In his final years, Martin Luther King, Jr. become increasingly focused on the problem of poverty in America.

(Photo by J. Wilds/Keystone/Getty Images)
Politics & Current Affairs
  • Despite being widely known for his leadership role in the American civil rights movement, Martin Luther King, Jr. also played a central role in organizing the Poor People's Campaign of 1968.
  • The campaign was one of the first to demand a guaranteed income for all poor families in America.
  • Today, the idea of a universal basic income is increasingly popular, and King's arguments in support of the policy still make a good case some 50 years later.
Keep reading Show less

Dead – yes, dead – tardigrade found beneath Antarctica

A completely unexpected discovery beneath the ice.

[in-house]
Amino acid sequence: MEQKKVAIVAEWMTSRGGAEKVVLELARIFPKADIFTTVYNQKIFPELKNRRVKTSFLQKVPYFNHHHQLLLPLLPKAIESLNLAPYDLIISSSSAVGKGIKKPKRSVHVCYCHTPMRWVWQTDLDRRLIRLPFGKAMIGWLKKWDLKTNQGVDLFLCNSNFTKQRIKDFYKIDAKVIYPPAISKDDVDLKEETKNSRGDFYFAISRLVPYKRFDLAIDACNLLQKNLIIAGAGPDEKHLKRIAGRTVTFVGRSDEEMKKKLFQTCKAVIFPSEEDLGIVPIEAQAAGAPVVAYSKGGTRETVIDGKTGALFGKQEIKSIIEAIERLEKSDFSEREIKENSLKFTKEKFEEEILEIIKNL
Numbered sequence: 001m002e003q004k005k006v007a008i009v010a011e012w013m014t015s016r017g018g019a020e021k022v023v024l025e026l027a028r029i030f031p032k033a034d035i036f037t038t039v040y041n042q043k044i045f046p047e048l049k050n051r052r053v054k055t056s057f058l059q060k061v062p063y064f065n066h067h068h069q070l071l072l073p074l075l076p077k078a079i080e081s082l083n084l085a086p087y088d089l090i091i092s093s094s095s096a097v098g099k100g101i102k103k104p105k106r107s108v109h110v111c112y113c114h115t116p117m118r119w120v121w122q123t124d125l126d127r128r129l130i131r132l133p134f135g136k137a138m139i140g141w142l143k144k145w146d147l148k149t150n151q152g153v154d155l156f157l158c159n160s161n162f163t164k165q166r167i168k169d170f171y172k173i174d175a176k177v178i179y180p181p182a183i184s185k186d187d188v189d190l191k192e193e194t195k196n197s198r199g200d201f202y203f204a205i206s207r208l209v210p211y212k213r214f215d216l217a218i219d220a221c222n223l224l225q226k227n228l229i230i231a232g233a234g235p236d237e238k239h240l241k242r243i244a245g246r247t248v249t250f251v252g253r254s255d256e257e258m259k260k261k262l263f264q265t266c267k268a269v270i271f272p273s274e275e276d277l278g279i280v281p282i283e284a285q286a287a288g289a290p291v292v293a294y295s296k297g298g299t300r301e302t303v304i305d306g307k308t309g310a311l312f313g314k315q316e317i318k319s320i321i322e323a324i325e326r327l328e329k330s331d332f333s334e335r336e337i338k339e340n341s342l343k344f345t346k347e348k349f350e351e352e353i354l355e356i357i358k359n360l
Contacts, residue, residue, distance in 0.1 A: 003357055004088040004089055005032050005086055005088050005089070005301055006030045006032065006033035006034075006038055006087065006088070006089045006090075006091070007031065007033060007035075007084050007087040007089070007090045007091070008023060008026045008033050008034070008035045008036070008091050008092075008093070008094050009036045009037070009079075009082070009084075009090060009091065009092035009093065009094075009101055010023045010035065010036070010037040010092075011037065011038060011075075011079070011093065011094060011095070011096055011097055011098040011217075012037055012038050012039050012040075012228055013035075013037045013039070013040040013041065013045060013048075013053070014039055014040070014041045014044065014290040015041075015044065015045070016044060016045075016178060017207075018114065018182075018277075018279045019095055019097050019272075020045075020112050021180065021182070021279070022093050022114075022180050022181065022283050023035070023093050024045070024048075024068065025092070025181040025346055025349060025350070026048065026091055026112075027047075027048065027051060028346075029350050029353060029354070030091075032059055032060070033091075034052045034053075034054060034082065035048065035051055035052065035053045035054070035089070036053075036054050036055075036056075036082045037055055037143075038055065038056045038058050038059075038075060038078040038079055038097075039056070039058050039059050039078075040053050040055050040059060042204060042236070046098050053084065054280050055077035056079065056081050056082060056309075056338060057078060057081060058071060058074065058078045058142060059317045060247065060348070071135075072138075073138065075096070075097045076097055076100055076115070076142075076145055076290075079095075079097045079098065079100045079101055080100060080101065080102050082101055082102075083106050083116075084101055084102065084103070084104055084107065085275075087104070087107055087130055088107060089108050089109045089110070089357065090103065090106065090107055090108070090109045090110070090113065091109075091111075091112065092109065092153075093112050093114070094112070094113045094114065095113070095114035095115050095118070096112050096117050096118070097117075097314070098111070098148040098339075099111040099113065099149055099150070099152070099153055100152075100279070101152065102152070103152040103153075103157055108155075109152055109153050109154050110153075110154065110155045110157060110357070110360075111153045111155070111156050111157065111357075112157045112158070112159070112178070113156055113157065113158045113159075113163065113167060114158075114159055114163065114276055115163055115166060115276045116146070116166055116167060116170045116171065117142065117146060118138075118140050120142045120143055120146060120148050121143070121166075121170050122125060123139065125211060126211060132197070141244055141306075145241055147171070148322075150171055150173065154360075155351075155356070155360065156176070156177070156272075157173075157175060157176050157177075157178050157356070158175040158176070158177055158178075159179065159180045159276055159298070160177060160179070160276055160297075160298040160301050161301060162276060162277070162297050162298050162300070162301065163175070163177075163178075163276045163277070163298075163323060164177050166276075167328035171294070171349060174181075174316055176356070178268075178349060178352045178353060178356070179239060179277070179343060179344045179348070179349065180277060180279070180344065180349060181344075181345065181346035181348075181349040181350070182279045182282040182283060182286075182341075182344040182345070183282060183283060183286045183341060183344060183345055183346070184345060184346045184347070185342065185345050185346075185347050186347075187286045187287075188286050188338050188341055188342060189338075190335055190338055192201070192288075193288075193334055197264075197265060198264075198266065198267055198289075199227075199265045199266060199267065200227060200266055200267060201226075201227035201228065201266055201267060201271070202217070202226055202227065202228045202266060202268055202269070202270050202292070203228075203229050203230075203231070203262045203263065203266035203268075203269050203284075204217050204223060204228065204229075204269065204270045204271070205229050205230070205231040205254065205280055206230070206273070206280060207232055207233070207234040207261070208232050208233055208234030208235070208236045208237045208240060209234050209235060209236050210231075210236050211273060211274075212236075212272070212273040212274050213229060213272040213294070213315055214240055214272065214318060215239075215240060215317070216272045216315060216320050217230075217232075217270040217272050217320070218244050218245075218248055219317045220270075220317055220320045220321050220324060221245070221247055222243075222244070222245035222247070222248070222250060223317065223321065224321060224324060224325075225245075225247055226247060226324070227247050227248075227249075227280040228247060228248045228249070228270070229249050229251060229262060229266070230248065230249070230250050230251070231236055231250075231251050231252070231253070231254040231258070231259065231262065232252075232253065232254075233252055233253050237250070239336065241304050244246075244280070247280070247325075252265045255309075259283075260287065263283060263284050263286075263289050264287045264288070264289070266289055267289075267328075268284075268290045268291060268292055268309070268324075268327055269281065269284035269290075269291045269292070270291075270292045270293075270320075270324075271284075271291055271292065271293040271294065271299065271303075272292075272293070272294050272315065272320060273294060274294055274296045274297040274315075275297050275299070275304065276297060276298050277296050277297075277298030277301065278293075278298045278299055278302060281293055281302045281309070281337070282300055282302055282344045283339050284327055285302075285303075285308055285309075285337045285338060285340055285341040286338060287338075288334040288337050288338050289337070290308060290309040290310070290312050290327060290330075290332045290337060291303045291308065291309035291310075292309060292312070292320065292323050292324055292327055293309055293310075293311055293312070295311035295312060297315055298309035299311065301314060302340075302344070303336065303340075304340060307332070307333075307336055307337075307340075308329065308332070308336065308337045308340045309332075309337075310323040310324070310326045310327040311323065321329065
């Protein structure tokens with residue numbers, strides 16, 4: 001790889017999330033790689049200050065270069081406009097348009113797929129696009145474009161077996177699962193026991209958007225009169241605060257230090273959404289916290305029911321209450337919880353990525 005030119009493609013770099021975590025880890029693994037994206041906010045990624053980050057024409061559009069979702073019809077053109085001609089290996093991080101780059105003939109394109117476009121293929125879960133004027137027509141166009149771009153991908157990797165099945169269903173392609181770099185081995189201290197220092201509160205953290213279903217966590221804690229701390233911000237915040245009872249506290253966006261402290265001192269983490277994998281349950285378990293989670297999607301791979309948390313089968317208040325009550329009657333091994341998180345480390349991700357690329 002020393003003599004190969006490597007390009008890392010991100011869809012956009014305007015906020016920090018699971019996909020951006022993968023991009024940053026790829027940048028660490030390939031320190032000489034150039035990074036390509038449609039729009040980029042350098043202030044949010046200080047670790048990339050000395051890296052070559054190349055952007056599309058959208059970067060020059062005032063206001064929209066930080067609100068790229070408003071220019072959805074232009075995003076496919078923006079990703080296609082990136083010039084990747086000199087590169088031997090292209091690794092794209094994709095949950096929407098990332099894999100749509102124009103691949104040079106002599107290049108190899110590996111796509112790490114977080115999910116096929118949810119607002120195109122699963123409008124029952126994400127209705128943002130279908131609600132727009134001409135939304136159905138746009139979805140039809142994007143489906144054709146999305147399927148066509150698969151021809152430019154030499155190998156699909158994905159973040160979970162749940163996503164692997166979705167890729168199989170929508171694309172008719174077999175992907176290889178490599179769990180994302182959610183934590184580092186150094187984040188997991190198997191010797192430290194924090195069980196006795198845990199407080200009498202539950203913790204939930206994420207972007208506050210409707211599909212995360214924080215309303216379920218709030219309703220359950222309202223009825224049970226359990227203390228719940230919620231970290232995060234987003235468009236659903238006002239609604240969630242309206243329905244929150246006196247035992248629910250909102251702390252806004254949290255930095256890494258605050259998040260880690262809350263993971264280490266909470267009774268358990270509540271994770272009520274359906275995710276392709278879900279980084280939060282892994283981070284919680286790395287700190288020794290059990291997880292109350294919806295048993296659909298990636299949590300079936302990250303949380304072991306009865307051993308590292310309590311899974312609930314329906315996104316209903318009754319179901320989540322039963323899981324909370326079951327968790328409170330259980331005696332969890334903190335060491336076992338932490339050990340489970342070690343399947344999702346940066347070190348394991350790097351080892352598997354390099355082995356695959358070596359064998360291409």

(Goldstein Lab/Wkikpedia/Tigerspaws/Big Think)
Surprising Science
  • Scientists find remains of a tardigrade and crustaceans in a deep, frozen Antarctic lake.
  • The creatures' origin is unknown, and further study is ongoing.
  • Biology speaks up about Antarctica's history.
Keep reading Show less

Why I wear my life on my skin

For Damien Echols, tattoos are part of his existential armor.

Videos
  • In prison Damien Echols was known by his number SK931, not his name, and had his hair sheared off. Stripped of his identity, the only thing he had left was his skin.
  • This is why he began tattooing things that are meaningful to him — to carry a "suit of armor" made up the images of the people and objects that have significance to him, from his friends to talismans.
  • Echols believes that all places are imbued with divinity: "If you interact with New York City as if there's an intelligence behind... then it will behave towards you the same way."
Keep reading Show less